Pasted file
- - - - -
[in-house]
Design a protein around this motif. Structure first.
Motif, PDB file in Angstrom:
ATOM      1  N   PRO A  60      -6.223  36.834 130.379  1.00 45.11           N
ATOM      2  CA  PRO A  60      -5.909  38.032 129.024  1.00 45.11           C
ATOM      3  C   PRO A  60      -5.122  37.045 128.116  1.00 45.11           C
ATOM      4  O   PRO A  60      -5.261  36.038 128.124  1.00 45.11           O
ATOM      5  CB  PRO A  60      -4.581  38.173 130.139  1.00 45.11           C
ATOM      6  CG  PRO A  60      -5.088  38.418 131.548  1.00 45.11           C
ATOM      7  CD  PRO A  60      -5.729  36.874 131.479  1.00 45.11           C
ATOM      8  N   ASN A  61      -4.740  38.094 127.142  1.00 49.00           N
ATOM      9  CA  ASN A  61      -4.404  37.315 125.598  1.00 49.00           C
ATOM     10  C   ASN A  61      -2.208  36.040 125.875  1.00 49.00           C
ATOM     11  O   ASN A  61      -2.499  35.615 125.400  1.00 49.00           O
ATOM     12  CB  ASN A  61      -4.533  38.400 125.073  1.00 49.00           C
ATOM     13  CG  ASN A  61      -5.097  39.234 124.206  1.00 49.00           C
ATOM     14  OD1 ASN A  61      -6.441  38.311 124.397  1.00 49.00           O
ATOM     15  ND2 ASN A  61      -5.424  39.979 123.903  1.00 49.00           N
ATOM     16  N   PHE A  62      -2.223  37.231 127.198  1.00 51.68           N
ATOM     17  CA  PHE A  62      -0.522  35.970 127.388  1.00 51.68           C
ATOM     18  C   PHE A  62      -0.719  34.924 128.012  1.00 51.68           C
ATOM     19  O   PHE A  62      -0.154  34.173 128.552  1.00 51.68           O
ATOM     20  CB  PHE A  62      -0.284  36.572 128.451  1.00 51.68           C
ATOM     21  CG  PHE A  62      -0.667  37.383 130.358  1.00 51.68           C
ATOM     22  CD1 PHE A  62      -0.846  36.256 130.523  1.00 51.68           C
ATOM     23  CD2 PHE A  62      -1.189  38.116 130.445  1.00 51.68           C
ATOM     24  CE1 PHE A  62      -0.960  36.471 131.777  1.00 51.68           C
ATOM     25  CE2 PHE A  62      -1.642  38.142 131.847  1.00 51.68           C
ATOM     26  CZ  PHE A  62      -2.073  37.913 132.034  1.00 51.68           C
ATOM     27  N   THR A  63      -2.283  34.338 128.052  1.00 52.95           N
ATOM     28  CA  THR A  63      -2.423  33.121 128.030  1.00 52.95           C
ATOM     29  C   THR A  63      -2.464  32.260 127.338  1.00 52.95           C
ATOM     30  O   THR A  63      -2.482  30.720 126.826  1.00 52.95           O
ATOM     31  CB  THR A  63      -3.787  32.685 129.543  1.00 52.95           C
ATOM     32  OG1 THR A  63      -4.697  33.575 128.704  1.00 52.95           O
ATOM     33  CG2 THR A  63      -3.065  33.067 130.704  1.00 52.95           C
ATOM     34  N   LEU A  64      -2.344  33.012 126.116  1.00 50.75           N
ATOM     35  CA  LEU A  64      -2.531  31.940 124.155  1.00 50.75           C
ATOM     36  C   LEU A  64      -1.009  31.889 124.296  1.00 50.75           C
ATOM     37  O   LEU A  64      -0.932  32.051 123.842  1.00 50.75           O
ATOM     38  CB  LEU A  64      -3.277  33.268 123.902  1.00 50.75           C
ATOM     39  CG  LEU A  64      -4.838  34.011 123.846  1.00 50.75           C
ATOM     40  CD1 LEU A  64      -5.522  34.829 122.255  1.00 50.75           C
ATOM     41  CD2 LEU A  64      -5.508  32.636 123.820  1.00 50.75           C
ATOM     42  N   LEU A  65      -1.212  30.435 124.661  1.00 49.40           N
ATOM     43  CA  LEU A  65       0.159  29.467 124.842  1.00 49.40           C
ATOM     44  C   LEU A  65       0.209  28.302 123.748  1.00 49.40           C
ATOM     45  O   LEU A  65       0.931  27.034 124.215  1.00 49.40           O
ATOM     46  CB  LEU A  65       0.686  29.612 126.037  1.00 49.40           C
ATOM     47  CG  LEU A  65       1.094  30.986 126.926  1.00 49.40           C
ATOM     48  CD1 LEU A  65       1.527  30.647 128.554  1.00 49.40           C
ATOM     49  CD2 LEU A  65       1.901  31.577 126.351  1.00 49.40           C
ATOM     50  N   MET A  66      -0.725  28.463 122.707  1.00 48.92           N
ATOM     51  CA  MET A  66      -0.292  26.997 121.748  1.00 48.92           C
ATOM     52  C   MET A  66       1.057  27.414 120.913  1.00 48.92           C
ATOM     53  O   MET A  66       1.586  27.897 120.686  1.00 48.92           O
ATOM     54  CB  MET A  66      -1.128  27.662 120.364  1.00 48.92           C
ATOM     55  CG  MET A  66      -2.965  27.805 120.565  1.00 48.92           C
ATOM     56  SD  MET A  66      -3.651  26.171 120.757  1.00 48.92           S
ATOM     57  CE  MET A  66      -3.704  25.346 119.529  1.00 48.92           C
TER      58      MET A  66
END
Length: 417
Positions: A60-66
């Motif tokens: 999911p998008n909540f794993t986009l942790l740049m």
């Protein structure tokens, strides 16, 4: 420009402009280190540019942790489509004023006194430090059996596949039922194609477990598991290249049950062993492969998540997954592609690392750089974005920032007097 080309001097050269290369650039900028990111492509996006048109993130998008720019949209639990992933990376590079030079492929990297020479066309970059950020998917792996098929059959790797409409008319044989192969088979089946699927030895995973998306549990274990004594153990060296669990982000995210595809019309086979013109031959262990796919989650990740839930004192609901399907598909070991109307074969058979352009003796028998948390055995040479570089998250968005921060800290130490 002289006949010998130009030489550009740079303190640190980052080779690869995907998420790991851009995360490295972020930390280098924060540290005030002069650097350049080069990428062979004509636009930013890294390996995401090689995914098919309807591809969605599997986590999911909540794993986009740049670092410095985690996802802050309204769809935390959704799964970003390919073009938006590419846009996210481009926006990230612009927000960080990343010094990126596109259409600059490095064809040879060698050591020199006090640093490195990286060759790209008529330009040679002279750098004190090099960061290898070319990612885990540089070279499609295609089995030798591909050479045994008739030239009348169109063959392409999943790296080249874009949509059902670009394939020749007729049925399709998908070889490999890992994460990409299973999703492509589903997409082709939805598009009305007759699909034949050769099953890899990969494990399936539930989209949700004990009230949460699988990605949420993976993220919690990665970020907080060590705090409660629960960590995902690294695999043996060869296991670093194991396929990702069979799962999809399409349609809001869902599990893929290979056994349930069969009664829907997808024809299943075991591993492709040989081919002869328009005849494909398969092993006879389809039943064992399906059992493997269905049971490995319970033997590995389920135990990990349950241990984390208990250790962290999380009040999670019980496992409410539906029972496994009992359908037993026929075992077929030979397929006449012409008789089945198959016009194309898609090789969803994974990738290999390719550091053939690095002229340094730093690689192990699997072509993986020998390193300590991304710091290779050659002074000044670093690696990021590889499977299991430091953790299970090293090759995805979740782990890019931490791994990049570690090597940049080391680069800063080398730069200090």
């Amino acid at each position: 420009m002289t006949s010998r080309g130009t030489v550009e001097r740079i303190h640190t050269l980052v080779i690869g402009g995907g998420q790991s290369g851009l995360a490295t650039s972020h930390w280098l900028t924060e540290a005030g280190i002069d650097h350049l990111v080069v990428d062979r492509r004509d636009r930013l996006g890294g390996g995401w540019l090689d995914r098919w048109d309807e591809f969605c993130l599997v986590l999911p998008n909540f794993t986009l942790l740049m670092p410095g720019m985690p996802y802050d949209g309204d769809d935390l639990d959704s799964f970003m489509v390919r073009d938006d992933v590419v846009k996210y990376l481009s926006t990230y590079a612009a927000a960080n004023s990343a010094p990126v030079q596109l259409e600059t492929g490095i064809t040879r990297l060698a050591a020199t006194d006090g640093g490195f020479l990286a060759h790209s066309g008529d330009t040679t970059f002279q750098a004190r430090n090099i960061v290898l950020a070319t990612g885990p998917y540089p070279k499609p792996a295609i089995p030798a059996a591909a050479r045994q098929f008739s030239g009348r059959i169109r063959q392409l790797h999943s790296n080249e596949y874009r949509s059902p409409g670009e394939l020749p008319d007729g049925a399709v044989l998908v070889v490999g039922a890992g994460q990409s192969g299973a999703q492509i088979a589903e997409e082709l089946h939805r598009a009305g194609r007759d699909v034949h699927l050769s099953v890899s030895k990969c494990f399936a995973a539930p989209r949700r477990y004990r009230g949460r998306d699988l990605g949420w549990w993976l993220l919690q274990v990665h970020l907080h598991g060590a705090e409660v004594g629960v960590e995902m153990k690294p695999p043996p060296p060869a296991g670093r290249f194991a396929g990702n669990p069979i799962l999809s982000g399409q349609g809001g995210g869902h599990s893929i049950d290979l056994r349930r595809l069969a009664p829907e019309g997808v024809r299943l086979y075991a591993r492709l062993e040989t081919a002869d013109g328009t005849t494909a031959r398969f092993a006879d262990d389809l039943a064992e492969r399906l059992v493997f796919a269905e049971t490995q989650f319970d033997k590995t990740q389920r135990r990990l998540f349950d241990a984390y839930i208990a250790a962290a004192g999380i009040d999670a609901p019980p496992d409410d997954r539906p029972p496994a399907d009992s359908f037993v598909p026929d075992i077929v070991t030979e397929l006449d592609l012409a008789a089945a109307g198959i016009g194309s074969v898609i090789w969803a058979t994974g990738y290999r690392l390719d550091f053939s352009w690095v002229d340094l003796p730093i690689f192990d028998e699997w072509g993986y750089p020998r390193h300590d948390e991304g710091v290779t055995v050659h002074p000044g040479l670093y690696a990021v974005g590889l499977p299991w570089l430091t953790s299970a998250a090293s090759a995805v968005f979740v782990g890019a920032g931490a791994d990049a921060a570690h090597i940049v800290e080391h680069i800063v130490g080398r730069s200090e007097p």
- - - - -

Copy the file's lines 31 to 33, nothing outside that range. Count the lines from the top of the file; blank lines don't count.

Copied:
ATOM     28  CA  THR A  63      -2.423  33.121 128.030  1.00 52.95           C
ATOM     29  C   THR A  63      -2.464  32.260 127.338  1.00 52.95           C
ATOM     30  O   THR A  63      -2.482  30.720 126.826  1.00 52.95           O